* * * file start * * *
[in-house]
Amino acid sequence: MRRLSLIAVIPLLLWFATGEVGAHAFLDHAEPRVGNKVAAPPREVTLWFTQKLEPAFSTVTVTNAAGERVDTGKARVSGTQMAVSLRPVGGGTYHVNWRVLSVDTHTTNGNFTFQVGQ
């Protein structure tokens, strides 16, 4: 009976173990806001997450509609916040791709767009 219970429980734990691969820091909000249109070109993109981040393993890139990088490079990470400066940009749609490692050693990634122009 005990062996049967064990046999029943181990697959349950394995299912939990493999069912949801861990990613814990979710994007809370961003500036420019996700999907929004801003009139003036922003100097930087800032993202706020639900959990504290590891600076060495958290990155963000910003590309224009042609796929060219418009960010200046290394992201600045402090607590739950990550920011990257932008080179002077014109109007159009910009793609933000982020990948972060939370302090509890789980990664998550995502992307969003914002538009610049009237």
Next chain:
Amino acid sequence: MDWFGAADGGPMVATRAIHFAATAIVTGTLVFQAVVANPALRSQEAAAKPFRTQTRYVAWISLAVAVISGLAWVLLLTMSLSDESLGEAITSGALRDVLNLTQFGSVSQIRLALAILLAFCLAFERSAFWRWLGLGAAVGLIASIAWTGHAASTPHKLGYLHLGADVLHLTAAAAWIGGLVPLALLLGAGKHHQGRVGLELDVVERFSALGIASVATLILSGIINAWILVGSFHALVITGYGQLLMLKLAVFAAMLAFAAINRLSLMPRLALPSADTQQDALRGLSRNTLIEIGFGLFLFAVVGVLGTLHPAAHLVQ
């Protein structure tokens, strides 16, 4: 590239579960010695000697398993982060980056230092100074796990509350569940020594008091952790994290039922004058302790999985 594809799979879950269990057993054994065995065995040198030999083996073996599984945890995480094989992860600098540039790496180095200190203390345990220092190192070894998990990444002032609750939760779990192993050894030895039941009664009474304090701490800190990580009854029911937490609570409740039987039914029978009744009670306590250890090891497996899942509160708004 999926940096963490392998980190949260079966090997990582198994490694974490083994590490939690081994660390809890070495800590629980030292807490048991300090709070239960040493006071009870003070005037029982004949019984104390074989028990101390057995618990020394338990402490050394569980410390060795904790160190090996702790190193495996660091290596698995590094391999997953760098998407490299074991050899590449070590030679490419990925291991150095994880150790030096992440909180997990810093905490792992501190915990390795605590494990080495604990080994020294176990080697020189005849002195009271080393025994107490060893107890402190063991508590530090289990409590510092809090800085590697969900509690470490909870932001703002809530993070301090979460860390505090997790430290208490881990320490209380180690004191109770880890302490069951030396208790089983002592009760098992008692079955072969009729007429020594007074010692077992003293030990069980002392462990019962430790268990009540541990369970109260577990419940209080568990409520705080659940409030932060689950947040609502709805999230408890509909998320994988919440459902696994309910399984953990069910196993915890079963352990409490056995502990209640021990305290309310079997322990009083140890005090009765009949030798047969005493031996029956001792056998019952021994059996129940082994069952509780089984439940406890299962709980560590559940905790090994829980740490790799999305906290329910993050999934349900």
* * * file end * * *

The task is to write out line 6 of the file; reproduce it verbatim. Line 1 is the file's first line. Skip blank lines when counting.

């Protein structure tokens, strides 16, 4: 590239579960010695000697398993982060980056230092100074796990509350569940020594008091952790994290039922004058302790999985 594809799979879950269990057993054994065995065995040198030999083996073996599984945890995480094989992860600098540039790496180095200190203390345990220092190192070894998990990444002032609750939760779990192993050894030895039941009664009474304090701490800190990580009854029911937490609570409740039987039914029978009744009670306590250890090891497996899942509160708004 999926940096963490392998980190949260079966090997990582198994490694974490083994590490939690081994660390809890070495800590629980030292807490048991300090709070239960040493006071009870003070005037029982004949019984104390074989028990101390057995618990020394338990402490050394569980410390060795904790160190090996702790190193495996660091290596698995590094391999997953760098998407490299074991050899590449070590030679490419990925291991150095994880150790030096992440909180997990810093905490792992501190915990390795605590494990080495604990080994020294176990080697020189005849002195009271080393025994107490060893107890402190063991508590530090289990409590510092809090800085590697969900509690470490909870932001703002809530993070301090979460860390505090997790430290208490881990320490209380180690004191109770880890302490069951030396208790089983002592009760098992008692079955072969009729007429020594007074010692077992003293030990069980002392462990019962430790268990009540541990369970109260577990419940209080568990409520705080659940409030932060689950947040609502709805999230408890509909998320994988919440459902696994309910399984953990069910196993915890079963352990409490056995502990209640021990305290309310079997322990009083140890005090009765009949030798047969005493031996029956001792056998019952021994059996129940082994069952509780089984439940406890299962709980560590559940905790090994829980740490790799999305906290329910993050999934349900």